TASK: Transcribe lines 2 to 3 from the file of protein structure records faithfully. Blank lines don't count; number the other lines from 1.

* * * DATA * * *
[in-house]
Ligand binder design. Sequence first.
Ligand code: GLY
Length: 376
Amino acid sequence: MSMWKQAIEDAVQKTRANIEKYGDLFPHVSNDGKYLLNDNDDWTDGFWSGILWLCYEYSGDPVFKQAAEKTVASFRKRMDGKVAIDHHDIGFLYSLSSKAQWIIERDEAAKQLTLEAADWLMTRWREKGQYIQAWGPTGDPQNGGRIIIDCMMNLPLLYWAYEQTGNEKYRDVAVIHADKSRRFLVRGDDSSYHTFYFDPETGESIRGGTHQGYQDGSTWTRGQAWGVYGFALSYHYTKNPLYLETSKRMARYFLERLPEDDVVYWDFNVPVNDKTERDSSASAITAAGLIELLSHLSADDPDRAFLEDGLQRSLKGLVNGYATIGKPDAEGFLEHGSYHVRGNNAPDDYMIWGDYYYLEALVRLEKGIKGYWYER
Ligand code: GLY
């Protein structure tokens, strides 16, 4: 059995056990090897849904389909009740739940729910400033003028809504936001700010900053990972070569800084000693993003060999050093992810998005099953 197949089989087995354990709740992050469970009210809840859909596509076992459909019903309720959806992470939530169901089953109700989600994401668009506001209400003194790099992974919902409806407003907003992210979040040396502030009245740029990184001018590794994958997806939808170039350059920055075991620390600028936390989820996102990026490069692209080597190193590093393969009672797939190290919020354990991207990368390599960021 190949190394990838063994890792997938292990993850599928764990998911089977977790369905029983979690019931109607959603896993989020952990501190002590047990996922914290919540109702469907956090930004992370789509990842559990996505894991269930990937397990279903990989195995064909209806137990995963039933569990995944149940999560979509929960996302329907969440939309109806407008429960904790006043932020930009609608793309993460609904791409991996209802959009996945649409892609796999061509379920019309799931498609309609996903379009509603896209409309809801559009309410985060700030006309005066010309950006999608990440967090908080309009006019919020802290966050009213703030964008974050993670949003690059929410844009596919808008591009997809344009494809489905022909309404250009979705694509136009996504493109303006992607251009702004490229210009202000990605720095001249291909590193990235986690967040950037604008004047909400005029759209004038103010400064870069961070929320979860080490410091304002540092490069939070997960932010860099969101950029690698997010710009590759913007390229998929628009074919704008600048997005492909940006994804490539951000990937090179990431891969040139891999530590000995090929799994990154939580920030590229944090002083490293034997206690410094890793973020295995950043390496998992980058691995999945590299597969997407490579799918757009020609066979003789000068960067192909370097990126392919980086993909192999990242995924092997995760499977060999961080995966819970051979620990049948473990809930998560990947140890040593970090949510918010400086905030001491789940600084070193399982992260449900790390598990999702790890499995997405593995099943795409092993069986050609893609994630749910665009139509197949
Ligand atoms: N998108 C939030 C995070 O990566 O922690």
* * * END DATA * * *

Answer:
Ligand binder design. Sequence first.
Ligand code: GLY